How To Milk a Sheep: Step by Step Guide

A woman using a milking machine to milk sheep
Milking sheep can be done either through hand milking or using a machine. With either method, it's important to clean the sheep and avoid contamination of the milk.

How to milk a sheep

Gather the essential materials ahead of time

The first thing to do is to gather the essential equipment:

  • Baby wipes to remove udder grease
  • A milking pail to catch the milk
  • A cup with a strip of mesh
  • Filters plus a milk strainer
  • Glass jars with lids

Once these materials have been gathered, take the ewe you will be milking. Secure her so she won’t move while you’re milking her. Place her head inside a head gate or secure her by tying her.

Clean each teat and “test milk” into a small cup

A farmer hand milking a sheep

Clean the udder and teats with baby wipes or warm water. 

Carefully “test milk” each teat into a small cup before you start milking into your larger milk pail. If the milk is too yellow, has traces of blood, or is lumpy, it may be a sign that the ewe has mastitis and needs a medical check.

Start milking the sheep

There are two ways to milk a sheep:

  • By sitting on a stool behind the sheep, or
  • By straddling the sheep while you face the opposite direction and reach down towards the udders. 
See Also:  Are Sheep Aggressive? 5 Tips to Make Them Docile

The second position is preferable. It gives the milker more leverage on the teats and udders. The index finger and thumb should be tightened at the udder’s base. The ring, little, and middle fingers should then be moved by pushing down to let the milk flow.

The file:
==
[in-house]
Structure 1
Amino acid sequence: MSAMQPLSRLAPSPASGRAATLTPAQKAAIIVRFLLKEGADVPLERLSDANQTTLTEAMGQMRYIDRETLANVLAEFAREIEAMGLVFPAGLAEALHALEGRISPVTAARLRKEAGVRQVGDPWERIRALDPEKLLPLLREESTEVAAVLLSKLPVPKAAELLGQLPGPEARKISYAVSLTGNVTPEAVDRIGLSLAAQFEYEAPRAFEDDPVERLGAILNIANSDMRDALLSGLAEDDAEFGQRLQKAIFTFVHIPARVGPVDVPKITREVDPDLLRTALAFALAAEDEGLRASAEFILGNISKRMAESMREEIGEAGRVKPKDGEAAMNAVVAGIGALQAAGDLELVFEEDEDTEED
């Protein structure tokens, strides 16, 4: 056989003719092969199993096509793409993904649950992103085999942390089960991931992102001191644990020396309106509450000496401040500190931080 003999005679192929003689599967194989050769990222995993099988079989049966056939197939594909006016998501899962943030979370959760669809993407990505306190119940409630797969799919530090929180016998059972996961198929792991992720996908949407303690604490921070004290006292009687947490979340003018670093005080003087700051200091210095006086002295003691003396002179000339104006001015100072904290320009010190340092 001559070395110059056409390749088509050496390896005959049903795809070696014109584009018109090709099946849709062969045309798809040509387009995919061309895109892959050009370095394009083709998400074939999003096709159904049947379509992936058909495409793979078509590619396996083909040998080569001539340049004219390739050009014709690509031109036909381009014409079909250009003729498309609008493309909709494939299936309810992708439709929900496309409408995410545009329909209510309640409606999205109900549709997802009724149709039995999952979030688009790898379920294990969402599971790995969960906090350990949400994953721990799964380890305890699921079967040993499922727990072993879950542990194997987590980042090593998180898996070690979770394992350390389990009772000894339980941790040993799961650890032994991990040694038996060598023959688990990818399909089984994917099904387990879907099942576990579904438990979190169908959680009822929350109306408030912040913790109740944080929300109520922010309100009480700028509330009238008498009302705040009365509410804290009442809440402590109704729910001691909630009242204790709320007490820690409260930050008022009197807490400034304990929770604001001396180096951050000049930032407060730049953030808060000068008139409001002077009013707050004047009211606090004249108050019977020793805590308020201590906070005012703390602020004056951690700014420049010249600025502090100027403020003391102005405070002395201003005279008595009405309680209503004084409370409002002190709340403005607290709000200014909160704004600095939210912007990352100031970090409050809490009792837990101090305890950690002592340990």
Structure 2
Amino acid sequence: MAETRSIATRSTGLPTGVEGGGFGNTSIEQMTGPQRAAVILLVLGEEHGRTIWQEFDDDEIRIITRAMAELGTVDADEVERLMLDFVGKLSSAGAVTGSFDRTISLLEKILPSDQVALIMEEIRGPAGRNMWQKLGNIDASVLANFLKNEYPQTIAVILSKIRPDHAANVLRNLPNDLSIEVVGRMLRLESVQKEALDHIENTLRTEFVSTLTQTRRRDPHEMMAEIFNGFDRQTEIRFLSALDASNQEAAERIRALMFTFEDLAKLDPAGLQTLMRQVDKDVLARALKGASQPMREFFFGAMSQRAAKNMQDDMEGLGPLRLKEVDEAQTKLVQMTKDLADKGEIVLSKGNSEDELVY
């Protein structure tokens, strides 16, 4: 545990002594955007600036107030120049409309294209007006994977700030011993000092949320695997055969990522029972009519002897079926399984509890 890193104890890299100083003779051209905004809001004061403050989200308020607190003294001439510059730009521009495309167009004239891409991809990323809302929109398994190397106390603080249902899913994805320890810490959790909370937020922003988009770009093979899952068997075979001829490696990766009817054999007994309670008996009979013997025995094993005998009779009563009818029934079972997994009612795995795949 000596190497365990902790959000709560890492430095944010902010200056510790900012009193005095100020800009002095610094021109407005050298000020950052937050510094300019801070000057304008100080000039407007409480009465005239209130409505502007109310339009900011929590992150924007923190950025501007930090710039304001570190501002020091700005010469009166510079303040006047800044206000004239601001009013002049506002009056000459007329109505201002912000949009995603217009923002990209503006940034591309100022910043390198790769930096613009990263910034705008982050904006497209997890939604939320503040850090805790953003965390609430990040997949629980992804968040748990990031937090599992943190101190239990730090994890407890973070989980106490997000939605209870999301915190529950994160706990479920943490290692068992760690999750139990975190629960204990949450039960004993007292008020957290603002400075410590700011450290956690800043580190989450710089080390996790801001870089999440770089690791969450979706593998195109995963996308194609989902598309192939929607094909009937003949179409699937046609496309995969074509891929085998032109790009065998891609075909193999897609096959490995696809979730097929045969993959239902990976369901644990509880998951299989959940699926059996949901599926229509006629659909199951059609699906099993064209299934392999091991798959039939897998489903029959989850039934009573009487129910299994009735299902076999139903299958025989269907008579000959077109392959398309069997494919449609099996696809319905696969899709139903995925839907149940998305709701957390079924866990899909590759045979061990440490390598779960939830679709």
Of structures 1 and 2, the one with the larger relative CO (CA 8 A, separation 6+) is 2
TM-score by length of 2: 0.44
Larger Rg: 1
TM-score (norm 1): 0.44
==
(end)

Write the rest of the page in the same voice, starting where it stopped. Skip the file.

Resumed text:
Find a rhythm

Find a rhythm that works for you. As you keep milking, you’ll start to notice when the udder has less milk.

Don’t try to get every last drop—there are diminishing returns. You get more milk at the start than at the last squeeze.

Thoroughly clean the equipment

Sheep milk is vulnerable to many types of bacteria. All equipment must be thoroughly sanitized to avoid contaminating the milk. 

Milking sheep by hand vs using a milking machine

Farmer holding a milk pail standing next to sheep

If you have just a few ewes to milk, hand milking may be the right choice for you. However, it’s a slow process. Ewes may also need to be milked twice a day if they are hand milked, but a milking machine can be more efficient and finish milking ewes just once a day. 

Using a milking machine is typical for commercial farms. The drawbacks of having a milking machine include:

  • A higher initial cost.
  • Maintenance.
  • The need for the sheep to get used to the sound of the machine. 

Risks when milking sheep

Risks when you milk sheep include:

  • The sheep may poop in the milk pail. Know the warning signs so you can remove the pail.
  • The sheep may step in or kick the milk pail. Make sure that your ewe is relaxed and properly secured to minimize movement.


Joanne is a nocturnal person who loves traveling and coffee. She’s also an animal lover (and rescuer) who makes it a point to befriend every animal she meets. Her passion for learning led her to writing about various topics. As someone who dreams of becoming an “animal whisperer,” she aims to continue learning about animals–particularly sheep, and at the same time, share her knowledge here at Sheep Caretaker.

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